The Forest Service has been earning some attention lately from Pacific Legal Foundation, between the agency’s proposal to seize water rights from ski area operators, to its breathtaking plan to require permits to take pictures of National Forests. Next, we feature the Service’s plan to expand its domain into regulation of groundwater, a traditional area of state law and regulation.
The Forest Service has enough trouble preventing its forests from burning to the ground, a problem that is admittedly not entirely of its own making. Bureaucratic red tape and litigation from pressure groups play a prominent role in ensuring that our nation’s timber supply is managed for catastrophic destruction instead of healthy growth, productive use, and public access. But even granting the Forest Service the benefit of the doubt on fire prevention, the agency has its hands overfull with that responsibility.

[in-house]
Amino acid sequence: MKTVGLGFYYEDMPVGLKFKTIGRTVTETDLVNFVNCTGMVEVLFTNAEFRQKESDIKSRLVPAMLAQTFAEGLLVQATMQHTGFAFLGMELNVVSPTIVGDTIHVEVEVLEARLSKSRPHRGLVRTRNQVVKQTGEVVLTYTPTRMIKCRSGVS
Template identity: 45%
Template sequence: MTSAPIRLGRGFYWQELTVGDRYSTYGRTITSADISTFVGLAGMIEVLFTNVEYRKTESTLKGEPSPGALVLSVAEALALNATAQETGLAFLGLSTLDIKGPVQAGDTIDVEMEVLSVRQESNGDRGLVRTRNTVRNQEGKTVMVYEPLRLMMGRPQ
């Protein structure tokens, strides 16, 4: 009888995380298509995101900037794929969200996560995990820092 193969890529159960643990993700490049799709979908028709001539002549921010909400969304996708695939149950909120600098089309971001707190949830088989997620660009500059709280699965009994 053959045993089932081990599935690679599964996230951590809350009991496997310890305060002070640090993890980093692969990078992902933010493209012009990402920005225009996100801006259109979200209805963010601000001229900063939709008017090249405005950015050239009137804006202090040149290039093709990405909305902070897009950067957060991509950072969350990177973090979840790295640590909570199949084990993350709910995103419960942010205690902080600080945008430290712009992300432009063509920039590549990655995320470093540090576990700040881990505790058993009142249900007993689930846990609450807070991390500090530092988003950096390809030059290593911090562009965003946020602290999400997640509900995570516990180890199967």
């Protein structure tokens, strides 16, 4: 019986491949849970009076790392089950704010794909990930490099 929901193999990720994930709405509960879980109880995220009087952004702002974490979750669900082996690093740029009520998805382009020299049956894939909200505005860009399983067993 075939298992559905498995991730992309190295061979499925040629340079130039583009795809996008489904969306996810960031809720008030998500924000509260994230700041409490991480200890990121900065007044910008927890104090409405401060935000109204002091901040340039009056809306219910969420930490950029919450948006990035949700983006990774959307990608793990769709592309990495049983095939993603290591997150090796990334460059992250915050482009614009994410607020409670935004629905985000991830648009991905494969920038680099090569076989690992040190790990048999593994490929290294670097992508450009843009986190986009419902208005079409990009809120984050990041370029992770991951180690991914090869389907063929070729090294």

So, setting aside all of the legal reasons why the Service has no business trying to regulate groundwater (and they are many), unity of effort should easily dissuade this federal agency from branching out into an area in which it has little or no expertise or experience. The Forest Service should leave groundwater rights and management to states and private parties, and focus on one thing: protecting communities from catastrophic fire.